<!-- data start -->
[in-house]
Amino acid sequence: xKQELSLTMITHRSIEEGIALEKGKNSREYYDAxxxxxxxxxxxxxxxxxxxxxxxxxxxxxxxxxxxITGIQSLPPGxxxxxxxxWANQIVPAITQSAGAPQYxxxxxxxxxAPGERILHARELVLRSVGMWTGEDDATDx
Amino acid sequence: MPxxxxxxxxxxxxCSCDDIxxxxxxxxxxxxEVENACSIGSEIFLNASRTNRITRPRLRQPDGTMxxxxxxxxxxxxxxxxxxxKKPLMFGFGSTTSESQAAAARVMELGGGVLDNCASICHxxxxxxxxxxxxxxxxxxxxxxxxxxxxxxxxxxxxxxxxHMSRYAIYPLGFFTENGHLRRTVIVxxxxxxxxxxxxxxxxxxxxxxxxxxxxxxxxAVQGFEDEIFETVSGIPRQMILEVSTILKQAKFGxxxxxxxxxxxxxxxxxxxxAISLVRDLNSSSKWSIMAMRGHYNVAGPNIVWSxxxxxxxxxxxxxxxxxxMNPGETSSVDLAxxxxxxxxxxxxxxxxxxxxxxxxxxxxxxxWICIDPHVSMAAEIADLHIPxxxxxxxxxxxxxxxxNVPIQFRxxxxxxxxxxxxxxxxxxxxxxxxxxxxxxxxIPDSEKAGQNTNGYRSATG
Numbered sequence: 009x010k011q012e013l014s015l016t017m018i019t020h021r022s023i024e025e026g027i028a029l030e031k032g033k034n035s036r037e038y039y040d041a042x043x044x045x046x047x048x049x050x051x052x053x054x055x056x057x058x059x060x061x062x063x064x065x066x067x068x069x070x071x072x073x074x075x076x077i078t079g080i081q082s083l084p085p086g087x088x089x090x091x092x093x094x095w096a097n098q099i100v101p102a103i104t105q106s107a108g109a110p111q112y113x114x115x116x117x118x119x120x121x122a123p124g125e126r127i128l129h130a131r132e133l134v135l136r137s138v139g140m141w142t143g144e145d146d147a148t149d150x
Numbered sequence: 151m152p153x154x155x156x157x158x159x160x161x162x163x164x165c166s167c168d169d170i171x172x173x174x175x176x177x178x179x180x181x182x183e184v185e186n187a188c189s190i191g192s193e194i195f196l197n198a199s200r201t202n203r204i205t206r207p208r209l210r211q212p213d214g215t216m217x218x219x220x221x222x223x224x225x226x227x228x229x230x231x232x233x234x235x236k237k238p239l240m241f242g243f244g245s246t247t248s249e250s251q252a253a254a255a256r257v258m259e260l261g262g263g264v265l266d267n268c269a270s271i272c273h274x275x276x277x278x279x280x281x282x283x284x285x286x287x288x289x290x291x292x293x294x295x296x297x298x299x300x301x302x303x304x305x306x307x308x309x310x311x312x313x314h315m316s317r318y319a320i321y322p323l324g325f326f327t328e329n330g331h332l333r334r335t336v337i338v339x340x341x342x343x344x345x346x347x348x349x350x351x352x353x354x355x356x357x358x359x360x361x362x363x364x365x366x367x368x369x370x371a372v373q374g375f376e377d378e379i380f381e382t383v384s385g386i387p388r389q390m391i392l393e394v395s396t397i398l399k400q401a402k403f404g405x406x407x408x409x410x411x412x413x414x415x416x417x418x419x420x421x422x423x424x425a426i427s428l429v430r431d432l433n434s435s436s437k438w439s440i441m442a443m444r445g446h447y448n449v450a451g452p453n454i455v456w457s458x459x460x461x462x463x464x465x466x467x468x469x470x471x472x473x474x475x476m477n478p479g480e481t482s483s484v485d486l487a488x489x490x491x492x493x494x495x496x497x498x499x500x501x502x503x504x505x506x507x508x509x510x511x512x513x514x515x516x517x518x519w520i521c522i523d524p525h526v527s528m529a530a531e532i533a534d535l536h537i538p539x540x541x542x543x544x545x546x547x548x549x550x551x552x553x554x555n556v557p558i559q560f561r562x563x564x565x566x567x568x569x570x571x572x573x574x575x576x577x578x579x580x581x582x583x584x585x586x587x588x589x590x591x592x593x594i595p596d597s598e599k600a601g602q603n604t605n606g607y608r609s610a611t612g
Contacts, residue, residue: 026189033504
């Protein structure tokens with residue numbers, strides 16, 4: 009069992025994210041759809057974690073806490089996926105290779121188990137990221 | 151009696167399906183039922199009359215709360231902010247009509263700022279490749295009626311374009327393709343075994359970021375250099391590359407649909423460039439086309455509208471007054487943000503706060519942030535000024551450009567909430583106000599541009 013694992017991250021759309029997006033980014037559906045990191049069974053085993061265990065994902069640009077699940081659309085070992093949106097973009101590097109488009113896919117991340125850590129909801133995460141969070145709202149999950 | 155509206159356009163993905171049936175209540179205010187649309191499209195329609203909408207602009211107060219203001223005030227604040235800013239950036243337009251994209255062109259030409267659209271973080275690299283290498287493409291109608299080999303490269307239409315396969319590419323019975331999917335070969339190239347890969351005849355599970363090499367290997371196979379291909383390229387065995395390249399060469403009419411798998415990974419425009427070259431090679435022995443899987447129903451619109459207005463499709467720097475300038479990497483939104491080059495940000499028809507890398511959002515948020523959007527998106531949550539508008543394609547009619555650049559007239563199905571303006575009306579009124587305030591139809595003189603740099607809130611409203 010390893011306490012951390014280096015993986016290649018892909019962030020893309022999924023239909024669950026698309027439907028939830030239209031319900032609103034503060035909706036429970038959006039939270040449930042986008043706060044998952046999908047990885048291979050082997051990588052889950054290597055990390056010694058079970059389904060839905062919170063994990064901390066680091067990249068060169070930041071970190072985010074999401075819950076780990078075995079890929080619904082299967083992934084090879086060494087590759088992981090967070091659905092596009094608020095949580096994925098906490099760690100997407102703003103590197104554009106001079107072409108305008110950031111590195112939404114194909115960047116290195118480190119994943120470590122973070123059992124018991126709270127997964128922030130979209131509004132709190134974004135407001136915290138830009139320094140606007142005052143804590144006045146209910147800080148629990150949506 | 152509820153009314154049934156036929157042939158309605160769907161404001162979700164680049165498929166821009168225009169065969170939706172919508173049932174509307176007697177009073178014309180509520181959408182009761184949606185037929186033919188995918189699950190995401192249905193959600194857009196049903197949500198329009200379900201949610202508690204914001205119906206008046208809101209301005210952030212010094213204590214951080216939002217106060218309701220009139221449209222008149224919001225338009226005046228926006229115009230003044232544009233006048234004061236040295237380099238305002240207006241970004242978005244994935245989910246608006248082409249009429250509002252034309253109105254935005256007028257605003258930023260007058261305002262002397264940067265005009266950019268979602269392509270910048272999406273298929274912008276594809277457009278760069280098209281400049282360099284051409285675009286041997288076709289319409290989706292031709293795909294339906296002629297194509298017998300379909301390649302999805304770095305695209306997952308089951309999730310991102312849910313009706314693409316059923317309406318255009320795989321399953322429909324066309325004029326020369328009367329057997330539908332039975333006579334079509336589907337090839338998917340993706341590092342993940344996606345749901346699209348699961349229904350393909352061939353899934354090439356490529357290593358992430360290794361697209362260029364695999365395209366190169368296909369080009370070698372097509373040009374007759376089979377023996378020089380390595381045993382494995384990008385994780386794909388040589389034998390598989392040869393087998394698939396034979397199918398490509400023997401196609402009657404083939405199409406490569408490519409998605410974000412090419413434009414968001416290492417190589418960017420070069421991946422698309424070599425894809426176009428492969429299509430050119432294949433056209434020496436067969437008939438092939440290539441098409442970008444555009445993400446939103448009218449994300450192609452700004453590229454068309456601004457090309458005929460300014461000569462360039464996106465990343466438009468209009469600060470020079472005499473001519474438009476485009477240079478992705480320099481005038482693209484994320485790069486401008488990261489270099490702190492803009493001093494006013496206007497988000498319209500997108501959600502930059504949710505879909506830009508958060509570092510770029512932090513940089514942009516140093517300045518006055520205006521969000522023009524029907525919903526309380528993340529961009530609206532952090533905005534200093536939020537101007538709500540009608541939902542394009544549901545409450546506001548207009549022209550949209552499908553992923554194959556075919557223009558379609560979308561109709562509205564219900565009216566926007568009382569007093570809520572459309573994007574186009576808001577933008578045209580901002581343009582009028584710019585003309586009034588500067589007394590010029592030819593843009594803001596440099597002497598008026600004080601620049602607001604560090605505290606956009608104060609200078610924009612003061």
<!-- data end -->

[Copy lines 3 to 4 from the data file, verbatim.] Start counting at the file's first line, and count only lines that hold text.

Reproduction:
Amino acid sequence: MPxxxxxxxxxxxxCSCDDIxxxxxxxxxxxxEVENACSIGSEIFLNASRTNRITRPRLRQPDGTMxxxxxxxxxxxxxxxxxxxKKPLMFGFGSTTSESQAAAARVMELGGGVLDNCASICHxxxxxxxxxxxxxxxxxxxxxxxxxxxxxxxxxxxxxxxxHMSRYAIYPLGFFTENGHLRRTVIVxxxxxxxxxxxxxxxxxxxxxxxxxxxxxxxxAVQGFEDEIFETVSGIPRQMILEVSTILKQAKFGxxxxxxxxxxxxxxxxxxxxAISLVRDLNSSSKWSIMAMRGHYNVAGPNIVWSxxxxxxxxxxxxxxxxxxMNPGETSSVDLAxxxxxxxxxxxxxxxxxxxxxxxxxxxxxxxWICIDPHVSMAAEIADLHIPxxxxxxxxxxxxxxxxNVPIQFRxxxxxxxxxxxxxxxxxxxxxxxxxxxxxxxxIPDSEKAGQNTNGYRSATG
Numbered sequence: 009x010k011q012e013l014s015l016t017m018i019t020h021r022s023i024e025e026g027i028a029l030e031k032g033k034n035s036r037e038y039y040d041a042x043x044x045x046x047x048x049x050x051x052x053x054x055x056x057x058x059x060x061x062x063x064x065x066x067x068x069x070x071x072x073x074x075x076x077i078t079g080i081q082s083l084p085p086g087x088x089x090x091x092x093x094x095w096a097n098q099i100v101p102a103i104t105q106s107a108g109a110p111q112y113x114x115x116x117x118x119x120x121x122a123p124g125e126r127i128l129h130a131r132e133l134v135l136r137s138v139g140m141w142t143g144e145d146d147a148t149d150x